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On the 11th December 2003, somewhere in a bookish part of London, sitting against a backdrop of glass-fronted shelving units, Slavoj Žižek delivers a lecture on ‘The reality of the virtual.’ Just short of a decade later, the same lecture is uploaded to a YouTube account where it amasses over one-hundred-thousand views.

Žižek states: “If somebody asks you: do you really believe in Santa Claus, Christmas? You would say: No – I just pretend, because of the children, it’s not to disappoint them’ but then we know how the game goes on and on. If you ask the children, they say: No, we just play that we are naïve, not to disappoint our parents and to make sure that we get the presents, and so on and so on. But it’s not only with children; it’s even with our political life, I’m tempted to claim. Now, in our so-called – wrongly so-called, I claim – because we believe more than ever in our so-called cynical era, for example, I don’t think anyone believes in democracy, but nonetheless, we want to maintain appearances. That is to say; there is some purely virtual entity whom we do not want to disappoint. Who has to be kept innocent – ignorant, because of who we have to pretend; so, the paradox is that although nobody effectively believes – it is enough that everybody presupposes someone else to believe, and the belief is actual, it structures reality, it functions.”

I sometimes wonder if this presupposed belief in democracy requires an additional ‘suspension of disbelief’ at the failures of it. Democracy, in fact, all political life, functions as a subsidiary of modern living, which is effectively an ability to suspend our disbelief in the face of its absurdity. We go to work, fraternize with people we dislike, dress according to the fashion, go home – cry – shield our genuine selves from the sanctimony and judgement of others, etc. In short, we operate with what Samuel Taylor Coleridge described as “that willing suspension of disbelief for the moment, which constitutes poetic faith.” After all – we operate with an illustrative faith in the ongoing functionality of our everyday lives.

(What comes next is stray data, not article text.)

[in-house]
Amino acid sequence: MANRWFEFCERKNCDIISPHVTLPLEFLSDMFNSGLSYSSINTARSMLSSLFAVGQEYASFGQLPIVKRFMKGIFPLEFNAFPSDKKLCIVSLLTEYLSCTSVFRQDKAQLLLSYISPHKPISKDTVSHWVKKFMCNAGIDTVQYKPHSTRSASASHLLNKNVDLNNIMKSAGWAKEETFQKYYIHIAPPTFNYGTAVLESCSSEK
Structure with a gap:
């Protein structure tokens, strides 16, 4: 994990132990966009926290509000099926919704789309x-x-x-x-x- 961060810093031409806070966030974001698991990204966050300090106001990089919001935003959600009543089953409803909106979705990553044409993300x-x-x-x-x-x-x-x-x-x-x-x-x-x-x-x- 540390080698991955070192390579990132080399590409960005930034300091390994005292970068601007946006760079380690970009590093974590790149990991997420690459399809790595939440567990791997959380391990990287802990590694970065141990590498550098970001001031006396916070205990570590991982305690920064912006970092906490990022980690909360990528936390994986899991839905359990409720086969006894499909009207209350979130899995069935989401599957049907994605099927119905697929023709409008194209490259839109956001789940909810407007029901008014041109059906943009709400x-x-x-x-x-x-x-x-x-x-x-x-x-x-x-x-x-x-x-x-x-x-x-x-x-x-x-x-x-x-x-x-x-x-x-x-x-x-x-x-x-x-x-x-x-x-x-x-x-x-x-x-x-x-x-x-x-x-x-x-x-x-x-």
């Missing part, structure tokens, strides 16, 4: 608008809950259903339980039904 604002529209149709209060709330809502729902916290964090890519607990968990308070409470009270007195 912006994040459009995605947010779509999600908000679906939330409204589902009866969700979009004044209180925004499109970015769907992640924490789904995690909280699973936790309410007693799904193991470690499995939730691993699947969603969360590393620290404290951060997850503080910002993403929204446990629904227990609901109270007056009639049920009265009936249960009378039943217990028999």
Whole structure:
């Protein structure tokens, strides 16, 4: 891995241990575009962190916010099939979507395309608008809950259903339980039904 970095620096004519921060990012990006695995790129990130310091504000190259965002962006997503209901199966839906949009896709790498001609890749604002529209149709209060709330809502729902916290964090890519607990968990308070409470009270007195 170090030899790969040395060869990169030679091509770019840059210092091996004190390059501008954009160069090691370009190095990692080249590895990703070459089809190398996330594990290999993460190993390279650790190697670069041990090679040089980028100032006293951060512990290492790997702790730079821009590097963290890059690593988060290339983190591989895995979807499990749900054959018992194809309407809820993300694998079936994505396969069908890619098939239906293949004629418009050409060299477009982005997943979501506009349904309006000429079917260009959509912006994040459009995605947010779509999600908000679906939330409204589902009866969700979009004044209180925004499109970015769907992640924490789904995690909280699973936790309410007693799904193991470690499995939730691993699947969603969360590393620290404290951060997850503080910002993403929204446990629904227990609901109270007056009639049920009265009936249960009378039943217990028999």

This is what makes disaster films so spectacularly horrific to us, I suspect, particularly post 9/11. Whereby we are disturbed, not by the suffering endured by other human beings, but rather by the idea that life’s functionality would ultimately come to an end. A solar flare will cleanse the earth of all technological advances, plunging humanity into a new dark age of despair. But what is sad to the average viewer, I think, is to imagine all of the house cats not being fed by their owners before work.

It is not our intricate understanding of particular objects that arouses us, but rather their ability to function without demanding too much attention; especially in regards to their means of operation. Objects are designed to occupy less and less of our external space, while paradoxically occupying more of our inner lives. After all, we know when it is time to charge the iPad, the mobile phone, the gizmo, the gadget – everything else. Perhaps even knowledge itself is outsourced and delivered back to us as opinion polls, advertisements and formal consultation.

Beyond this, the intricate technological workings of these objects are absent. Nonetheless, their functionality is what sustains their presence in our homes. The smartphone, for example, is a truly revolutionary device, allowing portable functionality, allowing us to email our boss, watch pornography, or both. Even so, we have arrived at a period in time where our technology knows more about us, than we know about it. In a truly narcissistic manifestation, today, technology is perhaps the ideal romantic partner because it asks for nothing in return, other than to know who we are.

Imagine this: a couple sitting across from you, both on their mobile handsets, enjoying separate, virtual worlds in a Mexican restaurant that claims to sell Mexican food. Activities that undoubtedly require the willingness to suspend our critical faculties and believe in something surreal. And this could happen in Mexico while enjoying the orgasmic spectacle of information of cat videos beamed straight into their retinas.

This is what it means to observe surrealism in the 21st Century, to feel as if you must be dreaming.

Cover photo by Simon Plestenjak